Receiving a fixed sum designed to cover insurance, taxes, depreciation and registration, an employee earns more net dollars than a company with a fleet program. This also reduces the employees’ tax burden. In contrast to flat allowances, FAVR is a tax-advantaged program, making it especially attractive. Employees are granted a tax-free, variable cents-per-mile reimbursement scaled to the price of gas locally, which accounts for the cost of fuel, maintenance, oil, tires and other incidental expenses.

Employees also can drive their preferred vehicle – as opposed to a dented three-year-old truck, as is the case with many oil and gas fleets – and get paid to do it. They also can buy a new vehicle and get it free, or for much less money than a standard car payment plus insurance (depending how much a company chooses to reimburse and what kind of car the employee chooses).

Combining FAVR and Fuel Cards

Companies don’t need to give up fuel cards just because they move away from a fleet, and can still issue their employees a preloaded fuel card each month. Employees get their fixed payments covering ownership of the vehicle in a paycheck, and a variable reimbursement loaded to a card that covers fuel – a fair and realistic amount based on the cost of gasoline in each month.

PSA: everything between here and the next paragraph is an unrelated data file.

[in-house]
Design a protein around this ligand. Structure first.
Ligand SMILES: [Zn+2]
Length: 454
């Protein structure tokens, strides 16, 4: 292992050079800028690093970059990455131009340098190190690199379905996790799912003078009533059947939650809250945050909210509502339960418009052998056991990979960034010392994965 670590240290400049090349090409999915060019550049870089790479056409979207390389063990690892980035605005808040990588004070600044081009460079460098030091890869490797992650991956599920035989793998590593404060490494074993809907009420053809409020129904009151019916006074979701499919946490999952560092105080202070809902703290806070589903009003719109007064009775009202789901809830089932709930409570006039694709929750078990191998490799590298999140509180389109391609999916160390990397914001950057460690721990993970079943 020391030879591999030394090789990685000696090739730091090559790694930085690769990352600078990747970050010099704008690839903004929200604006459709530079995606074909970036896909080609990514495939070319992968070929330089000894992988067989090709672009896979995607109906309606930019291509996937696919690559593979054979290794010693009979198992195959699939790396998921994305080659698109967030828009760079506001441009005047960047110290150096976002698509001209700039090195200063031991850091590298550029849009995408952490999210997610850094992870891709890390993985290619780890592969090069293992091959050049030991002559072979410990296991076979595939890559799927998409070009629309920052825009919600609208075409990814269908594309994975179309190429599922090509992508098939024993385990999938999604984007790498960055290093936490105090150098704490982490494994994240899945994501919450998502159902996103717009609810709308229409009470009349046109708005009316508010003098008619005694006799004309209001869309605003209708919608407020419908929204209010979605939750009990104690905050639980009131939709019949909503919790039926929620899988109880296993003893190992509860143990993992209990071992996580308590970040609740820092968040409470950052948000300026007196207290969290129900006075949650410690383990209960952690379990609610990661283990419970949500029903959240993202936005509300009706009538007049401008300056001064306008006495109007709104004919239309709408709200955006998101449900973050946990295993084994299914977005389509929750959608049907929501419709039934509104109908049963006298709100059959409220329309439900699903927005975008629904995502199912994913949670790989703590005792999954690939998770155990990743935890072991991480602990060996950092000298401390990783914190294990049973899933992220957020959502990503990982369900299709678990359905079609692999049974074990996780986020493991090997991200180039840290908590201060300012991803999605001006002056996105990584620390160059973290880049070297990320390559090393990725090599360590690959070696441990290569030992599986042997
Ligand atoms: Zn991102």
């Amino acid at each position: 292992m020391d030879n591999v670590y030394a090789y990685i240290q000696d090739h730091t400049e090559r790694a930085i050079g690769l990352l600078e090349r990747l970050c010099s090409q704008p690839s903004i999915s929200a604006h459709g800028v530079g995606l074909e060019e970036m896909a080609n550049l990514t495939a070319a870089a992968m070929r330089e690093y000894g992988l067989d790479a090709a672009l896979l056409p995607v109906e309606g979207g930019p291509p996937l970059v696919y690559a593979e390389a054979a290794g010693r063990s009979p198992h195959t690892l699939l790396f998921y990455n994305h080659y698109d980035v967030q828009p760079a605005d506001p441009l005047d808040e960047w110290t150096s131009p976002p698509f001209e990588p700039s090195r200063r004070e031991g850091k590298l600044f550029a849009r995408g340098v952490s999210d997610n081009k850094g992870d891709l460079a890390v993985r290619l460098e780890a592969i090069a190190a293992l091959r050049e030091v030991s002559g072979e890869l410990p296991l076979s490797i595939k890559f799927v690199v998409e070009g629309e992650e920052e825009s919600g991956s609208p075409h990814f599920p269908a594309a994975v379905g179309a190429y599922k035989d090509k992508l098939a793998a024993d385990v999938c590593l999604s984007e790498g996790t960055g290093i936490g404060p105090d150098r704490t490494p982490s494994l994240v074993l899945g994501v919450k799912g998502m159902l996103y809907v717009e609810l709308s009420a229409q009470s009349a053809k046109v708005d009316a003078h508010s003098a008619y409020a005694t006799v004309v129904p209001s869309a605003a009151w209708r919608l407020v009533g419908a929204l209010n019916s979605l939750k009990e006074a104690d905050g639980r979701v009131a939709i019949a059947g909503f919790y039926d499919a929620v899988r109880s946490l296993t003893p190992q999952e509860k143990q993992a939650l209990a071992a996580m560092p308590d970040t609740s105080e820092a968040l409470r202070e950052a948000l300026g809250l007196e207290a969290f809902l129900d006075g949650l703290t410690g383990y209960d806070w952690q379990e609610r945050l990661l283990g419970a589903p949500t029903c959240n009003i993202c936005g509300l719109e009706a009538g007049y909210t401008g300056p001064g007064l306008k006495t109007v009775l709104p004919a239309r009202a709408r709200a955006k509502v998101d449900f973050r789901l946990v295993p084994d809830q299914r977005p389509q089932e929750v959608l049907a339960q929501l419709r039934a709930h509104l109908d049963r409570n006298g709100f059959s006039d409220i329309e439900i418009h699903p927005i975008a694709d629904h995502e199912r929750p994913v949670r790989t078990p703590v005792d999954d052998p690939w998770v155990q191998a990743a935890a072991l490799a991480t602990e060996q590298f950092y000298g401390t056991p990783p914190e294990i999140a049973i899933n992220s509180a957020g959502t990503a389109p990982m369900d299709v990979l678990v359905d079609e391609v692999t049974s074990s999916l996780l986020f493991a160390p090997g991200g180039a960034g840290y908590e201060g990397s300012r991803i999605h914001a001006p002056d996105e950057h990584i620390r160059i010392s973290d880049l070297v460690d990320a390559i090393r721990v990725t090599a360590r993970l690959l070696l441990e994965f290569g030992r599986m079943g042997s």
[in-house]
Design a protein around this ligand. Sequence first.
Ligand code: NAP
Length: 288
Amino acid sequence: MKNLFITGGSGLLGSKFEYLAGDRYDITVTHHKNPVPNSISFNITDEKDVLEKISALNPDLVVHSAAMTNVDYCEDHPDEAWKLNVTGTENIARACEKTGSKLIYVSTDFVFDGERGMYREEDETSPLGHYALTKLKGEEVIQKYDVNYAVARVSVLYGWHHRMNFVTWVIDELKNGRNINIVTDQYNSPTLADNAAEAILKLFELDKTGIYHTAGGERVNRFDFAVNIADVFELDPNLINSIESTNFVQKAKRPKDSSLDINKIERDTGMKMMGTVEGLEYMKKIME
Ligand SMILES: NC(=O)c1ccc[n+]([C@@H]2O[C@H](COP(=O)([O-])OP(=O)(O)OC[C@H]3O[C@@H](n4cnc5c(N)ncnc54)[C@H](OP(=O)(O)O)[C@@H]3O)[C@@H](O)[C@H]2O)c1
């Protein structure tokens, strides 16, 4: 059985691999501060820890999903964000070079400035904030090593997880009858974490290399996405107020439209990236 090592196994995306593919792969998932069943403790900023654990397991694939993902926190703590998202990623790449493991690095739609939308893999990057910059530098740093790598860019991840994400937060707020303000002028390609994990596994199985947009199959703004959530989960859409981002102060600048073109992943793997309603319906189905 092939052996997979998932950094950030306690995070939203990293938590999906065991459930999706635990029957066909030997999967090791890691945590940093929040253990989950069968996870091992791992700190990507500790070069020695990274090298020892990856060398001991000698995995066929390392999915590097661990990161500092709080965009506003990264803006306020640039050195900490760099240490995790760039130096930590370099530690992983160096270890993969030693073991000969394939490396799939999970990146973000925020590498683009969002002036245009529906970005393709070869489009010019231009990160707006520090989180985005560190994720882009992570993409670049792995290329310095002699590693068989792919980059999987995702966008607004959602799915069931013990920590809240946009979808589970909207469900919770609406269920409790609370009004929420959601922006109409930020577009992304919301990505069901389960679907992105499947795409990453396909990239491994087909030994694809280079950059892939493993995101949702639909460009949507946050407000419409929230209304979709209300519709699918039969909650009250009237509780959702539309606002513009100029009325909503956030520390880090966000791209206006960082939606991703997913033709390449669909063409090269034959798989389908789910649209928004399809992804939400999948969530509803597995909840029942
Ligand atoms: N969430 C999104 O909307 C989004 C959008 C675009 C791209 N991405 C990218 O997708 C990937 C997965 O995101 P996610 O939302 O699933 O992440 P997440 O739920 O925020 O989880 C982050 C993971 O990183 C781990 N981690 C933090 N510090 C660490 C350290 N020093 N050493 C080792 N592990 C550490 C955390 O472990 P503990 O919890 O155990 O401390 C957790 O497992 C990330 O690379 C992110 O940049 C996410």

In this program, companies can have both flexible reimbursement programs and fuel cards, but with protection around the fuel card amount. Companies only reimburse employees for a specified amount of gasoline based on an estimation of the business miles they will drive, as opposed to paying for all personal use with a fuel card.

A Boon for O&G Companies

FAVR avoids the capital drain associated with fleet programs, freeing organizations from buying and maintaining company vehicles, and mitigating the risk of over- or under-reimbursing an employee for fuel. A FAVR program generally costs a business about 14 to 26 percent less than a fleet program, which often adds up to hundreds of thousands of dollars. Companies benefit from a lower tax burden because of the tax-free reimbursement, giving them the opportunity to do more with less – an especially helpful option during an economic downturn.